Game Freak have faced a barrage of criticism over its animations in Pokemon Sword and Shield already, but one student animator has gone the extra mile in an attempt to show them how it's done.
Gameplay at E3 2019 revealed the most Pokemon Sword and Shield footage we've seen to date. Many Pokemon fans have been scrolling through all of the available scenes, picking parts of the game they believe to be sub-par and letting their opinions be heard. Unfortunately for Game Freak, there's a lot of negative feedback for them to dig through.
One aspect of the game which has come under immense scrutiny is the movement of some Pokemon - particularly Wingull. The animation of the dual water and flying-type has seen trainers accuse Game Freak of cutting corners - quite literally.
A few Wingulls can be seen roaming the wild area, but after every couple of seconds they take an unnatural 90 degree turn, something that doesn't befit a brand new Pokemon game on relatively new hardware.
Elsewhere, Scorbunny's double kick has also received just as much backlash. This has led long-term Pokemon fans to compare battle animations to Pokemon Stadium, a game released in 1998.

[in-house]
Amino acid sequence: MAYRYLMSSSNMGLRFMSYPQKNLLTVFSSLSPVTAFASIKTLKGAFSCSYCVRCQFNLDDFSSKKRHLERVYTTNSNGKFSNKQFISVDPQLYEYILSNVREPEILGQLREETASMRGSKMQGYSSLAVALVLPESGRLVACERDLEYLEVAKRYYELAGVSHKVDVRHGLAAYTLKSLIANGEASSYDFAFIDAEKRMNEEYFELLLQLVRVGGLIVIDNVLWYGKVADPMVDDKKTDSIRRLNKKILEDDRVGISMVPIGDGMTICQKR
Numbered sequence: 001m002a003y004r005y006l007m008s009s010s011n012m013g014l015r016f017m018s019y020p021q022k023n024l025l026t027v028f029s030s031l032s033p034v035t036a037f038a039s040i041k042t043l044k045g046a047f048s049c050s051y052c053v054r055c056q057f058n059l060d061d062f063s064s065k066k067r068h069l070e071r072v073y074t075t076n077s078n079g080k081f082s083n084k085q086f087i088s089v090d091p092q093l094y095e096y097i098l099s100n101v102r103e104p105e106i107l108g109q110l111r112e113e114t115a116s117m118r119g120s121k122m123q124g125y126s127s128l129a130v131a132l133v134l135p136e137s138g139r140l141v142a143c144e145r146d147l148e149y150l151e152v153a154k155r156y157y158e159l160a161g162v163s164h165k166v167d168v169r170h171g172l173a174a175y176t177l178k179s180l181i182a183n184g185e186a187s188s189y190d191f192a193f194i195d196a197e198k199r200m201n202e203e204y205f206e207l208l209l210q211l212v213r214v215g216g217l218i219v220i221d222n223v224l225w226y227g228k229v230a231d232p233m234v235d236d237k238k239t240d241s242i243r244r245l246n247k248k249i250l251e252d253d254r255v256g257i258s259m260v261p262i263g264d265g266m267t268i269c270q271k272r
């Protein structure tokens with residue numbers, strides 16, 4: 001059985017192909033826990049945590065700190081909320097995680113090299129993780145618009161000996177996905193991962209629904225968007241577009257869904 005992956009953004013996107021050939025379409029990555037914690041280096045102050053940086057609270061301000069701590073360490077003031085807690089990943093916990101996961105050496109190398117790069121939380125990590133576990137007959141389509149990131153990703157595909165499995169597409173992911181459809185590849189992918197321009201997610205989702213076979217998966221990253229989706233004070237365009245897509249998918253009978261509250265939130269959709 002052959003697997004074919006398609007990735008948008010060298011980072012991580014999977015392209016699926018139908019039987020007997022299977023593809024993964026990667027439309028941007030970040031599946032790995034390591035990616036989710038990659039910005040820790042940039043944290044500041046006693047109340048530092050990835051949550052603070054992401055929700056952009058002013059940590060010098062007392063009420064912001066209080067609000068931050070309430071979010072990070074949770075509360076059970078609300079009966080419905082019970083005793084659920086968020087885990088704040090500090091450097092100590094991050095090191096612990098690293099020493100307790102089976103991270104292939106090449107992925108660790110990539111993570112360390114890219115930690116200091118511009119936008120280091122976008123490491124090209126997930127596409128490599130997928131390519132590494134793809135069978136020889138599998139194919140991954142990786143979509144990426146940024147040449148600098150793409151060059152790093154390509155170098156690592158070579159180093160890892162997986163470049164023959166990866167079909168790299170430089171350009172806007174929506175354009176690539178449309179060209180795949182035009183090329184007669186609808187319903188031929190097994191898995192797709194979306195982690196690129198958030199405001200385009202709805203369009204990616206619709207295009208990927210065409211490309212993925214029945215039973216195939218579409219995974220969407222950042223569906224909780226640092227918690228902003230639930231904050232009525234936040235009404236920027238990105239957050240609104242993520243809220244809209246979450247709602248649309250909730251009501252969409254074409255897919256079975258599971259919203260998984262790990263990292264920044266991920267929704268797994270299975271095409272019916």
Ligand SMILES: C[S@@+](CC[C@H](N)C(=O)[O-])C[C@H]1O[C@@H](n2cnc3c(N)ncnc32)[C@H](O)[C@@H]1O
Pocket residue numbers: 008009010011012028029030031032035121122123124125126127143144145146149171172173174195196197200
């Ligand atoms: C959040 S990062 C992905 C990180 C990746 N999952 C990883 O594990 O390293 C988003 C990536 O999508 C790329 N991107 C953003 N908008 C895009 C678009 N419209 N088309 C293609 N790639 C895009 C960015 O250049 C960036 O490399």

Criticisms such as these often divide the fan base - with some holding developers such as Game Freak to a super high standard, while others are sympathetic to their pressures and heavy schedule they have in front of them, working towards that November launch window.
However, one fan replied to another's criticism about animations. They said: "It's easy to laugh and mock them when you're not doing the work yourself." Little did they know they were talking to a student animator, who vowed to prove the commenter wrong.
The student, who says they're in their first year of studies, quickly made a model of Wingull before even having the time to paint it. From there, they were even able to give it a more natural flight-path while adding grass in the background.
They then compare the Pokemon Sword and Shield footage with their own. The student claims it took them 24 hours - from scratch - to create it.
Other than the student showing off their own animating ability, the small project highlights the concerns that fans are having about the upcoming titles. A Wingull turning a little sharply is by no means the biggest deal, but these small things add up over the course of a game.
The backlash over the removal of the national Pokedex means Pokemon fans are examining every aspect of Sword and Shield. So, let's hope Game Freak produce a game that matches the hype of the introduction of a new generation of Pokemon.
Pokemon Sword and Shield will release on November 15, 2019, exclusively on the Nintendo Switch.